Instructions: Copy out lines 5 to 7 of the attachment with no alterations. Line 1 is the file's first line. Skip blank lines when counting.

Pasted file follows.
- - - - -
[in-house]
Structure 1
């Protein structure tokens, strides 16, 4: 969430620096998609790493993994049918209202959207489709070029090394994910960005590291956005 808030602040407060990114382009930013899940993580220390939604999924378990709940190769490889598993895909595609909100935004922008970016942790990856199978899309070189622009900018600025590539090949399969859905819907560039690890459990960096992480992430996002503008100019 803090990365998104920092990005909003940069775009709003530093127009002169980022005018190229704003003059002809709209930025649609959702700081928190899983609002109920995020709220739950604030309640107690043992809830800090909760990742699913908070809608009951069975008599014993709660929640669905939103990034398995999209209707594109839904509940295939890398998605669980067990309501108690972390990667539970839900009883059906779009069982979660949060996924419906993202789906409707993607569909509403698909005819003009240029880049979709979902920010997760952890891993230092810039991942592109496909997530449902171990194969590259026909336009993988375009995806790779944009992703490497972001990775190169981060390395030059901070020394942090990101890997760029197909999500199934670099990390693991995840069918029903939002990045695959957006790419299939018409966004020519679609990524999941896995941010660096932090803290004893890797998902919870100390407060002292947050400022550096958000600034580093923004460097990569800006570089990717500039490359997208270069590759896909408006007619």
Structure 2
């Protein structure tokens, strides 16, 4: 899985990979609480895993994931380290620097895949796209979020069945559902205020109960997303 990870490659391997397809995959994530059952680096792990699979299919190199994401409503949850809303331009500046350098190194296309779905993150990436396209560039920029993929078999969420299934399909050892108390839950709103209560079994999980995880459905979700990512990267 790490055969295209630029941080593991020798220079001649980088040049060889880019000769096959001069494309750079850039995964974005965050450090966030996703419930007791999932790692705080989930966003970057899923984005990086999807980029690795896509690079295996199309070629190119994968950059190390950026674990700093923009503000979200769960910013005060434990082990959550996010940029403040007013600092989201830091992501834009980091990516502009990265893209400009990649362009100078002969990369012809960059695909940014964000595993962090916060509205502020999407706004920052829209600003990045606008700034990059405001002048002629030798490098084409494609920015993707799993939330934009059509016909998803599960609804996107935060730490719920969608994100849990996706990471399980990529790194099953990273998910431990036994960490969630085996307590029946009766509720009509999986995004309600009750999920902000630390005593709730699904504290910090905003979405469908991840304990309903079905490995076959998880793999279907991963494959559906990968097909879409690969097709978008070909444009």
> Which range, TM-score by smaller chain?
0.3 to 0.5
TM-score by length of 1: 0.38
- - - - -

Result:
């Protein structure tokens, strides 16, 4: 899985990979609480895993994931380290620097895949796209979020069945559902205020109960997303 990870490659391997397809995959994530059952680096792990699979299919190199994401409503949850809303331009500046350098190194296309779905993150990436396209560039920029993929078999969420299934399909050892108390839950709103209560079994999980995880459905979700990512990267 790490055969295209630029941080593991020798220079001649980088040049060889880019000769096959001069494309750079850039995964974005965050450090966030996703419930007791999932790692705080989930966003970057899923984005990086999807980029690795896509690079295996199309070629190119994968950059190390950026674990700093923009503000979200769960910013005060434990082990959550996010940029403040007013600092989201830091992501834009980091990516502009990265893209400009990649362009100078002969990369012809960059695909940014964000595993962090916060509205502020999407706004920052829209600003990045606008700034990059405001002048002629030798490098084409494609920015993707799993939330934009059509016909998803599960609804996107935060730490719920969608994100849990996706990471399980990529790194099953990273998910431990036994960490969630085996307590029946009766509720009509999986995004309600009750999920902000630390005593709730699904504290910090905003979405469908991840304990309903079905490995076959998880793999279907991963494959559906990968097909879409690969097709978008070909444009």
> Which range, TM-score by smaller chain?
0.3 to 0.5